JAFFREY: I’m sure all of us in it draw on that all the time, because we’ve all been in those rooms. We know what it’s like. When I did musicals in London a number of years ago, I was in a workshop scenario for a year or more with Bombay Dreams. [It was like] am I doing it, am I not doing it? Those kinds of things really, really happen.
MOHNEY: You’ve got an amazing ensemble cast, but how much are you able to work with everyone when you’re supposed to be at City Hall all day?
JAFFREY: Most of my stuff is with Kat. It’s a treat. It’s such a relief, really. When you turn up for work, especially with looking down the barrel of a show, you’re hoping the person you’re acting opposite of is going to be on your kind of crazy wavelength. [Kat] really is. She’s just wonderful. She’s got such a natural charm. Again, both of those girls, apart from being invested in it, they’re just happy to be doing and getting on with it. When you’re opposite that and see how hard those two girls work… It’s not difficult to do your job.
MOHNEY: After being on stage for a few years and then doing TV, what’s it like doing a TV show that’s a bit of both?
JAFFREY: I really miss being on stage an awful lot. I’m understanding why for the first time, really. Every fiber of you is used in a way. One of the nice things about Smash is it just feels like you’re being properly used again.
MOHNEY: They’ve got posters all over the place for this show—do you ever get recognized next to a giant poster of yourself?
JAFFREY: What’s funny is that I’ve done TV shows in the UK, and some of them just started airing out here and I was getting [recognized for MI-5.] It always happens in the most unlikely places. I doubt people have cottoned onto Smash yet, but I’ll let you know.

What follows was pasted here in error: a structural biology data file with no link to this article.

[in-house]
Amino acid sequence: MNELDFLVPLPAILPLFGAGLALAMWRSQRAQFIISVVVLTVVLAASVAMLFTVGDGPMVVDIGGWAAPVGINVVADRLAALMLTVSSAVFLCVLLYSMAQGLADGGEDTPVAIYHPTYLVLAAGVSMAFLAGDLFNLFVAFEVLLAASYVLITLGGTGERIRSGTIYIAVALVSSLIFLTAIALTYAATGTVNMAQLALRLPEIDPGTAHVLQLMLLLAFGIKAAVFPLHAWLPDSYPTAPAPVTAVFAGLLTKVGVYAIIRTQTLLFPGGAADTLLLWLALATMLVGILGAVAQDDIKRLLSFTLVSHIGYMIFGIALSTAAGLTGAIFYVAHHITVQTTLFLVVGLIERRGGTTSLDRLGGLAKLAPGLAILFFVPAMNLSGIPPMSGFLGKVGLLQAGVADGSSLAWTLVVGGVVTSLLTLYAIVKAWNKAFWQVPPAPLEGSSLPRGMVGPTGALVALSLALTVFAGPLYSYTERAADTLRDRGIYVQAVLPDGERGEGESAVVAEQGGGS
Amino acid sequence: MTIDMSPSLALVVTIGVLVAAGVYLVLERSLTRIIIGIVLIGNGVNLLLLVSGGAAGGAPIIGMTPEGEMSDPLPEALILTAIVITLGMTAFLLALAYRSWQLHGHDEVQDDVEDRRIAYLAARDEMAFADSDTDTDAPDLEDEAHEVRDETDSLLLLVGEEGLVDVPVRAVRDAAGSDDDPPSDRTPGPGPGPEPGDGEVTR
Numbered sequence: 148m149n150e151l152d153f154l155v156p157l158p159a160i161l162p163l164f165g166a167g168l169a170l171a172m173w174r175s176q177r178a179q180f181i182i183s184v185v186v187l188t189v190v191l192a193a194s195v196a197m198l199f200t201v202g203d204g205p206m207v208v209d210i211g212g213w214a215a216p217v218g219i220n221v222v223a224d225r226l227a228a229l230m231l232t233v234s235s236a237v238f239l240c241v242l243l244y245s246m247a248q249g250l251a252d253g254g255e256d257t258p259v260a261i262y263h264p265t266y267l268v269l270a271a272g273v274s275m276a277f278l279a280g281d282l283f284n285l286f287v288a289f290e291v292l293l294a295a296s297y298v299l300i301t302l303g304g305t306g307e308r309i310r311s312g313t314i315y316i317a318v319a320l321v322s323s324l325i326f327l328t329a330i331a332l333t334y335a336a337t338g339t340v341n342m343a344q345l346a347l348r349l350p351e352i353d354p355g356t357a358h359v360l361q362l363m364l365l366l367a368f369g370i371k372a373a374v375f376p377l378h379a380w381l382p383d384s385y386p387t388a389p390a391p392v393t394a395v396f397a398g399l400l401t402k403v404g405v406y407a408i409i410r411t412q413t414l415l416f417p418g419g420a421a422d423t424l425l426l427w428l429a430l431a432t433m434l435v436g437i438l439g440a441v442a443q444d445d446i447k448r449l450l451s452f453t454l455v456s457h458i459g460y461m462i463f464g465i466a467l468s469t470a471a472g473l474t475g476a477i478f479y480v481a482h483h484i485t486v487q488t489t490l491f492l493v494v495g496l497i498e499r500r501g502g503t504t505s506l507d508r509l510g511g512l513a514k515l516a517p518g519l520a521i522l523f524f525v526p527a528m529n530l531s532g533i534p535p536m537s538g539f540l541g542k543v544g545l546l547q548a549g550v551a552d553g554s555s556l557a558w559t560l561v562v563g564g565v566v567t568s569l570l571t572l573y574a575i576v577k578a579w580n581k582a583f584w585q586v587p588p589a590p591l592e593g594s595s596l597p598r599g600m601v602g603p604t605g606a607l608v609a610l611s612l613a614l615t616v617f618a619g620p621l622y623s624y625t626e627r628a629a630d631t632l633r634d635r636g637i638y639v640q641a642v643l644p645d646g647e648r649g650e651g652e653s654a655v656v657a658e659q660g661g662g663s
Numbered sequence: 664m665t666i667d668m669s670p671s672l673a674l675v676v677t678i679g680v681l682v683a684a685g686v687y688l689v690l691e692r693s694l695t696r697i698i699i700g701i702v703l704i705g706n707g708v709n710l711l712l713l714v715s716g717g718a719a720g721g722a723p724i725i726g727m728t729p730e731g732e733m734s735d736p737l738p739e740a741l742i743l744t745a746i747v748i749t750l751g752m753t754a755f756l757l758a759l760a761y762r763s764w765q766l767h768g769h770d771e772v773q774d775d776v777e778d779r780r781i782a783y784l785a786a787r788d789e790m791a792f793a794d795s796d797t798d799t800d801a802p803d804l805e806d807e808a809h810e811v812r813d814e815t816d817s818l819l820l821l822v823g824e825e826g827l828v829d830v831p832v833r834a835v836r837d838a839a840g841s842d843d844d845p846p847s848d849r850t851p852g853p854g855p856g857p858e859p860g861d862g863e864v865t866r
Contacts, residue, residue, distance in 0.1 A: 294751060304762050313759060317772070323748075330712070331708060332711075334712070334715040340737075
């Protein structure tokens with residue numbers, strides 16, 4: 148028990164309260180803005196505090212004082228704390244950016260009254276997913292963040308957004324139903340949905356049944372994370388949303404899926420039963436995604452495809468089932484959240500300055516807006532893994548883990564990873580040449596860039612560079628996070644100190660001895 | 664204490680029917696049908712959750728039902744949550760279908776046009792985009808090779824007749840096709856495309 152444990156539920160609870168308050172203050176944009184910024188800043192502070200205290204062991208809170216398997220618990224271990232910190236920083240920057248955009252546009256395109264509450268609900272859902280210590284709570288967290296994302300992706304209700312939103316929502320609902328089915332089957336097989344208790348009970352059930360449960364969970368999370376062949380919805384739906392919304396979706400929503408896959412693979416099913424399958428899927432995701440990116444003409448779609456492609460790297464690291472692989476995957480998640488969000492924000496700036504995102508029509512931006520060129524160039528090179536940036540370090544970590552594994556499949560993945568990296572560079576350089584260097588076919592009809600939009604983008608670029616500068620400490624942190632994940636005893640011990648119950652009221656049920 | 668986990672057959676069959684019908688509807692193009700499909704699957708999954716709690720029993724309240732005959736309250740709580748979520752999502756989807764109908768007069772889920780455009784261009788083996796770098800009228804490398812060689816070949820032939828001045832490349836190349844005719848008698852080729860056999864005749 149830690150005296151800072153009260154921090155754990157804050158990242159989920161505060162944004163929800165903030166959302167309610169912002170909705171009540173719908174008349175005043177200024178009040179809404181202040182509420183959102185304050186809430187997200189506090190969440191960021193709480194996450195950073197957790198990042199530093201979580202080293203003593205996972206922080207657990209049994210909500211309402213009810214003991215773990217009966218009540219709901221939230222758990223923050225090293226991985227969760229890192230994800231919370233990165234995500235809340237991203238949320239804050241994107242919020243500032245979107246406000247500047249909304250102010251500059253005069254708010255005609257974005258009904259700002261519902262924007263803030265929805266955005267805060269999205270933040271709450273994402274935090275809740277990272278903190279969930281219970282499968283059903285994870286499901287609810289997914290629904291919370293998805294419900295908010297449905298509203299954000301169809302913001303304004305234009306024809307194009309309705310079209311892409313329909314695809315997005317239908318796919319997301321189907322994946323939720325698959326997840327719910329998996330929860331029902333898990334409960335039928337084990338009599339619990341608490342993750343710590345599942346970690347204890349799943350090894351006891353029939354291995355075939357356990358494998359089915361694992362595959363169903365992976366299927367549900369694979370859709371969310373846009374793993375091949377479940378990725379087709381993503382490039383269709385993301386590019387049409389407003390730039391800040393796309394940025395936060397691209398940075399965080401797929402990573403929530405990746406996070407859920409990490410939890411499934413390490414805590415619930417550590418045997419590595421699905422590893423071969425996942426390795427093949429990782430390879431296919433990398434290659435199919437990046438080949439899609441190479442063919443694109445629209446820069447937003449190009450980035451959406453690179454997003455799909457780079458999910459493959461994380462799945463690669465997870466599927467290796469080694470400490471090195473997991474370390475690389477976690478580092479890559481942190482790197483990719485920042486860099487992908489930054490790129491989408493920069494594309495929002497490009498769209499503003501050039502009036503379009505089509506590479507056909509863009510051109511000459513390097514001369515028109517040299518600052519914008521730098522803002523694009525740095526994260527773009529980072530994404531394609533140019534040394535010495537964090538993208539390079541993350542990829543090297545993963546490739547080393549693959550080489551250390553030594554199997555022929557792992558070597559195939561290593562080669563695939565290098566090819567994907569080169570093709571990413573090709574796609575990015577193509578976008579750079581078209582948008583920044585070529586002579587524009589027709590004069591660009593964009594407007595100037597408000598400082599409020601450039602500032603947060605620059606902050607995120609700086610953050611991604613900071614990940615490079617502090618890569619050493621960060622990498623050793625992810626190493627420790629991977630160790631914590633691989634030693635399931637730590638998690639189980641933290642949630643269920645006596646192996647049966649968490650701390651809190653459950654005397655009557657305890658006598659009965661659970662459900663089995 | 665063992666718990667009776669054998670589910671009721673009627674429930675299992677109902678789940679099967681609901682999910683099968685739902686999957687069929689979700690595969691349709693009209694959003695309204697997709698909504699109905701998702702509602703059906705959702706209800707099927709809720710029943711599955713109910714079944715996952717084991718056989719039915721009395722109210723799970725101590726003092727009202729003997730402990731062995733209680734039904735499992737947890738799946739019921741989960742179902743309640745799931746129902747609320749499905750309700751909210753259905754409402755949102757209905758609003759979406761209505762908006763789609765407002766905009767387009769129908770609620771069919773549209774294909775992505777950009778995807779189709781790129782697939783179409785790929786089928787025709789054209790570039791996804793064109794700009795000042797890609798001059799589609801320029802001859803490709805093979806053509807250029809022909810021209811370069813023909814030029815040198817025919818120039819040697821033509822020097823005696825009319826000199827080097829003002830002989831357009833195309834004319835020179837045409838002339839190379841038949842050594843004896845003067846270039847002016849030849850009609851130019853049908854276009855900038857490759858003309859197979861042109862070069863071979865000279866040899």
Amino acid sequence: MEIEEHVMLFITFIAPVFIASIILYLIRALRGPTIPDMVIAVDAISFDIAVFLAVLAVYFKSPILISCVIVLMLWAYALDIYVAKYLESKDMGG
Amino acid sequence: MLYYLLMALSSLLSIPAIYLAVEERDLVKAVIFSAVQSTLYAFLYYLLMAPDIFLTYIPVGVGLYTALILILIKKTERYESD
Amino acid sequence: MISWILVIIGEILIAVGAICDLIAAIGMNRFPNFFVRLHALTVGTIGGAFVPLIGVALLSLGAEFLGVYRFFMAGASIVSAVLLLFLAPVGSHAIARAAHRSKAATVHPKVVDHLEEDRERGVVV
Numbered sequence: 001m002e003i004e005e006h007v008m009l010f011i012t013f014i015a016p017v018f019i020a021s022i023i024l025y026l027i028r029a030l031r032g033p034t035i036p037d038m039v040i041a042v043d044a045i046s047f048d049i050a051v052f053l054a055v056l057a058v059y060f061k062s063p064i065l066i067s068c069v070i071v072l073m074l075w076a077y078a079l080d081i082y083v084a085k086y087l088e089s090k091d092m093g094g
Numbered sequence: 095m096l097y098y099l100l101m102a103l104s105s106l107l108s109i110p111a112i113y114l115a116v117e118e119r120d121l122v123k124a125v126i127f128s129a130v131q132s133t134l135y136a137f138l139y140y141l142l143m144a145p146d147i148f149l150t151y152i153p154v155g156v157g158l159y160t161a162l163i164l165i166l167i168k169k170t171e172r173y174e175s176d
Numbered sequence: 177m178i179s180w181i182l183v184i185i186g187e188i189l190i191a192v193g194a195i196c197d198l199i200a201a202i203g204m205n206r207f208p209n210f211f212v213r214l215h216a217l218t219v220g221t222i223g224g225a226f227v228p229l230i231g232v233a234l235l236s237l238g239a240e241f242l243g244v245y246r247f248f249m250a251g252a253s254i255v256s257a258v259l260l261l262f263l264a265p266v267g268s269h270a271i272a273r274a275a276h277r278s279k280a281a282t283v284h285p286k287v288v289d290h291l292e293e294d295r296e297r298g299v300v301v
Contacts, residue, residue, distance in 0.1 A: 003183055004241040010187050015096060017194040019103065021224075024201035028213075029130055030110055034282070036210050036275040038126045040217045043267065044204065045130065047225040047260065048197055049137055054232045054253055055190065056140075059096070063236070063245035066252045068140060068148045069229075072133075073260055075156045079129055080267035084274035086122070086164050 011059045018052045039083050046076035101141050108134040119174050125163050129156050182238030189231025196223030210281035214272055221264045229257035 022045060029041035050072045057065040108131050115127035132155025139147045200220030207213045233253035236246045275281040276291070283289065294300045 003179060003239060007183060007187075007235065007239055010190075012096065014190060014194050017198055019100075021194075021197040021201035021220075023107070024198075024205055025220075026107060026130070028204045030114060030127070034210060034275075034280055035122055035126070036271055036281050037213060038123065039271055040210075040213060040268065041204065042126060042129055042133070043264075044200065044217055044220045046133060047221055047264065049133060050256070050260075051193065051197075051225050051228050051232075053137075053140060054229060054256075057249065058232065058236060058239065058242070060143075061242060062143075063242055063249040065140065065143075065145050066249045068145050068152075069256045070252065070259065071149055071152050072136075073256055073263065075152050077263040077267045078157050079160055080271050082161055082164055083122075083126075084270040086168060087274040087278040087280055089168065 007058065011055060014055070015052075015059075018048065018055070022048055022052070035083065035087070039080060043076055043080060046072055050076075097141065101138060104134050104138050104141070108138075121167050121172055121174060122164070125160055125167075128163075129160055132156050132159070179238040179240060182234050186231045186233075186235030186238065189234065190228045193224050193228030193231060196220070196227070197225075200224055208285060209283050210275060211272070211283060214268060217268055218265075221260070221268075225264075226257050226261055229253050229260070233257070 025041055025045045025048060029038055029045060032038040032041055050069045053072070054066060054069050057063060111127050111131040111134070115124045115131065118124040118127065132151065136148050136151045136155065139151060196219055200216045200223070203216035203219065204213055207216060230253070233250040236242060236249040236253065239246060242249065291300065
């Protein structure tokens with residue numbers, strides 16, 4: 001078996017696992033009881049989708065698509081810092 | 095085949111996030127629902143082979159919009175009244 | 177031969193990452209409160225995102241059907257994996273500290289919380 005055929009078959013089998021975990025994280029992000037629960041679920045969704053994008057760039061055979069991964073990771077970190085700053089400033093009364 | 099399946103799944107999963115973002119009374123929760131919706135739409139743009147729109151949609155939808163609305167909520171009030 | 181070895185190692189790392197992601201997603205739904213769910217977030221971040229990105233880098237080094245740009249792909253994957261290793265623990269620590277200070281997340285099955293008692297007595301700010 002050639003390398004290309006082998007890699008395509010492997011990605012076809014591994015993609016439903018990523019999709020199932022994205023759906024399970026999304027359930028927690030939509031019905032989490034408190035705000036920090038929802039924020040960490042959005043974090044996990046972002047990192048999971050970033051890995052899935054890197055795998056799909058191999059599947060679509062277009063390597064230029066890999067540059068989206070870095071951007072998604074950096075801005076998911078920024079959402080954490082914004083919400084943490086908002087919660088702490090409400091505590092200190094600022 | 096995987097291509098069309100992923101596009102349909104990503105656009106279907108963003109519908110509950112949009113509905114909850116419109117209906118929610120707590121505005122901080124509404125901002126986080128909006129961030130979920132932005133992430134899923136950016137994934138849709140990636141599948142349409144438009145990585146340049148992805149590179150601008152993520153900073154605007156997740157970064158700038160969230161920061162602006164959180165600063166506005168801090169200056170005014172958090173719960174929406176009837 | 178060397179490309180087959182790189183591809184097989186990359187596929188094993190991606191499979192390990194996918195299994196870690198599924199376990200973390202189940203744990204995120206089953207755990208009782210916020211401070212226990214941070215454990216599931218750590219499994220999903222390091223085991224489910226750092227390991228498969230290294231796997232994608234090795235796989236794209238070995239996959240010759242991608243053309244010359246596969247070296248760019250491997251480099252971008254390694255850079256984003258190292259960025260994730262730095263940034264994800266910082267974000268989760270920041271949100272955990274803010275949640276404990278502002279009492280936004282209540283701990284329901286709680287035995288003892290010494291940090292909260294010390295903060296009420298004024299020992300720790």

MOHNEY: Probably will be a slightly different audience, though.
JAFFREY: Maybe people will start singing at us on the subway or something. Or do an audition piece for me.
MOHNEY: There was talk that if the show is successful, the actual Marilyn show within the show could be put on Broadway.
JAFFREY: I think if that happens, it will be something that happens years and years down the line. In the meantime, we’re just hoping that people watch. If they do, then that would be something to think about. Certainly there’s material.
MOHNEY: How has it been making a transition to US television and living in the US in general?
JAFFREY: Work aside, I think would have ended up in the US, because I like being here a lot, I really do.
MOHNEY: Has there been anything surprising?
JAFFREY: I’m amazed at how misunderstood I am! But you can just see how certain things just creep into your language… I would naturally say “line” [rather than “queue”], and I go back home for Christmas, and I say something about a line and it’s like, “Who do you think you are? Using that?” It gets in your system, so maybe it’s good I’m playing an English guy at the moment.
MOHNEY: Anything you enjoy about shooting in New York specifically?
JAFFREY: How wonderful New Yorkers are about letting us film in the streets here. In the UK, it’s a lot more closed set. Here there isn’t really the space to do that. We’re filming in and amongst the public on the streets of Manhattan. I love that to New Yorkers it’s the most normal thing in the world and no one gives a damn. It’s the British tourists who are leaning in and looking.
SMASH PREMIERES MONDAY, FEBRUARY 6 AT 10 PM ON NBC.